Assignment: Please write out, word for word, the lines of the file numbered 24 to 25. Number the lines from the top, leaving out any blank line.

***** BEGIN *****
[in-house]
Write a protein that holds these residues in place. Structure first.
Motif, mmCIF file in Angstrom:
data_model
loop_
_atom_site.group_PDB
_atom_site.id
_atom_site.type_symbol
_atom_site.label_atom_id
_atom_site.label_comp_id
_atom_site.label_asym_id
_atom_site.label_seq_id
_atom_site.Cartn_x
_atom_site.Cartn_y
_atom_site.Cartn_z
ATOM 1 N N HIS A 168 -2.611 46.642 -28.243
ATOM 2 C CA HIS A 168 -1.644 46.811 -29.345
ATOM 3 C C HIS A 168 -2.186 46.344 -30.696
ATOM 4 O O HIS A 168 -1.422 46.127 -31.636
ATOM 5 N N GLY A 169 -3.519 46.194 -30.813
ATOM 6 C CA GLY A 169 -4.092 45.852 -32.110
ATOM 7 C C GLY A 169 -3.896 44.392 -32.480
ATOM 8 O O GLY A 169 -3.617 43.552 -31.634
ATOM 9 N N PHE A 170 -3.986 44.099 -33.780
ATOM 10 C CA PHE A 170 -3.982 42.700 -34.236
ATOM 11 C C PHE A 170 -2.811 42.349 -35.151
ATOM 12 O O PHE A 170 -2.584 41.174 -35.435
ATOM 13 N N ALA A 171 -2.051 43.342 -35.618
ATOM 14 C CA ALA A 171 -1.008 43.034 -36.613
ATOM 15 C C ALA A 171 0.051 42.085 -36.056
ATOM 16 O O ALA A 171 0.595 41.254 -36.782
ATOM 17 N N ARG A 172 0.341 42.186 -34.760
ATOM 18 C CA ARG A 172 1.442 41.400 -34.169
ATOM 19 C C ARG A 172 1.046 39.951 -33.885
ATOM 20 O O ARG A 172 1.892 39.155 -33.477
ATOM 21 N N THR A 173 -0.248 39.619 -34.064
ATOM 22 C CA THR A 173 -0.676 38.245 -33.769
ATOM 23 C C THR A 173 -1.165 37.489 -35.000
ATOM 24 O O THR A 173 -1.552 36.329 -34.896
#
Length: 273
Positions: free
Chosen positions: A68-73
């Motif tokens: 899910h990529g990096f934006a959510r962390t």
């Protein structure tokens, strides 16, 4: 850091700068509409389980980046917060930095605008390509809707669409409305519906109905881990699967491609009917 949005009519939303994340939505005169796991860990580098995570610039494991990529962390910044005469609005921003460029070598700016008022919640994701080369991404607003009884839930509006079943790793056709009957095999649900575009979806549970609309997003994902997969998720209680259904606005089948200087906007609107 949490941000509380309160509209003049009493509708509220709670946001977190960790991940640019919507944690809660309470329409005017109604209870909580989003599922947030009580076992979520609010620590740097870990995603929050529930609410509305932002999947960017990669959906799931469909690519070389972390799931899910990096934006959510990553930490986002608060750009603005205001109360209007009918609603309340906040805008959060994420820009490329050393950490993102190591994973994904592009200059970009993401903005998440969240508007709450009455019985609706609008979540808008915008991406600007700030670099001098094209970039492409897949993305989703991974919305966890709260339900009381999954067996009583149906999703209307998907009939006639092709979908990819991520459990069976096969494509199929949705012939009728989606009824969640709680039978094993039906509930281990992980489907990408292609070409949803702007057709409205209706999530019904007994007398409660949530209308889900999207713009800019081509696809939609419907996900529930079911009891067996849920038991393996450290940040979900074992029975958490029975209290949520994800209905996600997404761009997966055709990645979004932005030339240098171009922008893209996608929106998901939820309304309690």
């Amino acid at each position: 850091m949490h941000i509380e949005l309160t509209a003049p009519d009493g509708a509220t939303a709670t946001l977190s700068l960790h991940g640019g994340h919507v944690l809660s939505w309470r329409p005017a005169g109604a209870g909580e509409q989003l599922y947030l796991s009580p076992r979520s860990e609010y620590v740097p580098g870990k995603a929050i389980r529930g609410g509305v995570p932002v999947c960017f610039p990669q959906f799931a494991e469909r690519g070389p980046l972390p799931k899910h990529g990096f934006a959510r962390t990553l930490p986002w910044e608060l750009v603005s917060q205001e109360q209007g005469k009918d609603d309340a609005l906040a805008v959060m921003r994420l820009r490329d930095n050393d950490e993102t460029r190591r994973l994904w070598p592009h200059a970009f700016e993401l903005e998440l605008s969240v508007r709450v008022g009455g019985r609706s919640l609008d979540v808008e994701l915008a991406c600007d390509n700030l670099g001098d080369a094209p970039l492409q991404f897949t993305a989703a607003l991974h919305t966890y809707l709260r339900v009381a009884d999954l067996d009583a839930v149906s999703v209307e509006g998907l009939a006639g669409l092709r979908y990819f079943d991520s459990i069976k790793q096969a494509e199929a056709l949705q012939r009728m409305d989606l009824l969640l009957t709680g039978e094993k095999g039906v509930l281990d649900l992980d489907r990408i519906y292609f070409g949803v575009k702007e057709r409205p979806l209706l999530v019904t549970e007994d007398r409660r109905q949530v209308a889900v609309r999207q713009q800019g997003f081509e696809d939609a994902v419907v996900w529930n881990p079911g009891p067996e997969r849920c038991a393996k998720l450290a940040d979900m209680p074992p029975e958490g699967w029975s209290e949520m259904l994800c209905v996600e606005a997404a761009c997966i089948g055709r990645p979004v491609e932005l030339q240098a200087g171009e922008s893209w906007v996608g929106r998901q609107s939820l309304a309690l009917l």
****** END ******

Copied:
ATOM 9 N N PHE A 170 -3.986 44.099 -33.780
ATOM 10 C CA PHE A 170 -3.982 42.700 -34.236